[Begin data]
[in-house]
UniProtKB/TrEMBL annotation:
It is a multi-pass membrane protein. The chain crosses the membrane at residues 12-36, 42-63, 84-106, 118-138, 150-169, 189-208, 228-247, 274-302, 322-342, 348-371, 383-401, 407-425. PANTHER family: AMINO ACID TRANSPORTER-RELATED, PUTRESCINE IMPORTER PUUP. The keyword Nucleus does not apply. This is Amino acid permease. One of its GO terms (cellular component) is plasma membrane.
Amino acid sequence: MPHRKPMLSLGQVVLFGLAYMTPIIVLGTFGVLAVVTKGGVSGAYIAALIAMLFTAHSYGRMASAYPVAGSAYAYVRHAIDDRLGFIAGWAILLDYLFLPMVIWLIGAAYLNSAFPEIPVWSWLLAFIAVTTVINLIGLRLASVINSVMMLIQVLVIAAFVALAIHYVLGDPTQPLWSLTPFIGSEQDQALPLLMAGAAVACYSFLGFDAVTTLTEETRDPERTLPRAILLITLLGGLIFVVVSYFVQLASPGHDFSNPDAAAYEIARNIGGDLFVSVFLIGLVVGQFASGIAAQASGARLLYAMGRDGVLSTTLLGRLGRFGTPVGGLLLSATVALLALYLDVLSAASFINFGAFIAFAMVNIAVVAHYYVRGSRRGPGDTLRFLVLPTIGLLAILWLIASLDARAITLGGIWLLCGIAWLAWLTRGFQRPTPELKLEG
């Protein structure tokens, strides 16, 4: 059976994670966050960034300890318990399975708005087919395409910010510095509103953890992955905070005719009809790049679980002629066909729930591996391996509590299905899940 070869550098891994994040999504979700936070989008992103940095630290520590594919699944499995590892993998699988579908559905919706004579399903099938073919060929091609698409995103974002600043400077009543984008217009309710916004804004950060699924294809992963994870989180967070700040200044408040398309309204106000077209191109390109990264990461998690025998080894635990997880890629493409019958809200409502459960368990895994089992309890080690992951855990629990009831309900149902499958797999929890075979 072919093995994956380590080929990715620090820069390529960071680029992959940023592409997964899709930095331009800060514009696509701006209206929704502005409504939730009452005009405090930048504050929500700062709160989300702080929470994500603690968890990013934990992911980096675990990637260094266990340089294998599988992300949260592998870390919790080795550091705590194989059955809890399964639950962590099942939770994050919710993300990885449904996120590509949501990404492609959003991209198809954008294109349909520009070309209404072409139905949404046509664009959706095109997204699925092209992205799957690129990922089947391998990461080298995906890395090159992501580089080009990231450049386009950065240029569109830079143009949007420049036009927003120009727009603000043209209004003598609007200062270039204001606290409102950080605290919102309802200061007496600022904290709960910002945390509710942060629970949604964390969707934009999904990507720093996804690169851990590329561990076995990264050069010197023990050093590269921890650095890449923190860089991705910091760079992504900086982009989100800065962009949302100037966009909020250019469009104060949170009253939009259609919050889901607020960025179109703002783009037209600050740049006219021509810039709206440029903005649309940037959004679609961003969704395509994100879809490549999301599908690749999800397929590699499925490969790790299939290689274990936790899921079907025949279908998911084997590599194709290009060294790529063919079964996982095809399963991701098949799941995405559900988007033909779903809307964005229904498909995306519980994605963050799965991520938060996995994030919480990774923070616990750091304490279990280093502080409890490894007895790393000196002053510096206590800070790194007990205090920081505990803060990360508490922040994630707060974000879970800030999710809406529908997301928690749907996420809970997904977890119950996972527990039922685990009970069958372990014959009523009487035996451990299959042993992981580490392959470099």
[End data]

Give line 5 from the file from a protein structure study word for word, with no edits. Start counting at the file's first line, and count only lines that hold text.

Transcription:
């Protein structure tokens, strides 16, 4: 059976994670966050960034300890318990399975708005087919395409910010510095509103953890992955905070005719009809790049679980002629066909729930591996391996509590299905899940 070869550098891994994040999504979700936070989008992103940095630290520590594919699944499995590892993998699988579908559905919706004579399903099938073919060929091609698409995103974002600043400077009543984008217009309710916004804004950060699924294809992963994870989180967070700040200044408040398309309204106000077209191109390109990264990461998690025998080894635990997880890629493409019958809200409502459960368990895994089992309890080690992951855990629990009831309900149902499958797999929890075979 072919093995994956380590080929990715620090820069390529960071680029992959940023592409997964899709930095331009800060514009696509701006209206929704502005409504939730009452005009405090930048504050929500700062709160989300702080929470994500603690968890990013934990992911980096675990990637260094266990340089294998599988992300949260592998870390919790080795550091705590194989059955809890399964639950962590099942939770994050919710993300990885449904996120590509949501990404492609959003991209198809954008294109349909520009070309209404072409139905949404046509664009959706095109997204699925092209992205799957690129990922089947391998990461080298995906890395090159992501580089080009990231450049386009950065240029569109830079143009949007420049036009927003120009727009603000043209209004003598609007200062270039204001606290409102950080605290919102309802200061007496600022904290709960910002945390509710942060629970949604964390969707934009999904990507720093996804690169851990590329561990076995990264050069010197023990050093590269921890650095890449923190860089991705910091760079992504900086982009989100800065962009949302100037966009909020250019469009104060949170009253939009259609919050889901607020960025179109703002783009037209600050740049006219021509810039709206440029903005649309940037959004679609961003969704395509994100879809490549999301599908690749999800397929590699499925490969790790299939290689274990936790899921079907025949279908998911084997590599194709290009060294790529063919079964996982095809399963991701098949799941995405559900988007033909779903809307964005229904498909995306519980994605963050799965991520938060996995994030919480990774923070616990750091304490279990280093502080409890490894007895790393000196002053510096206590800070790194007990205090920081505990803060990360508490922040994630707060974000879970800030999710809406529908997301928690749907996420809970997904977890119950996972527990039922685990009970069958372990014959009523009487035996451990299959042993992981580490392959470099």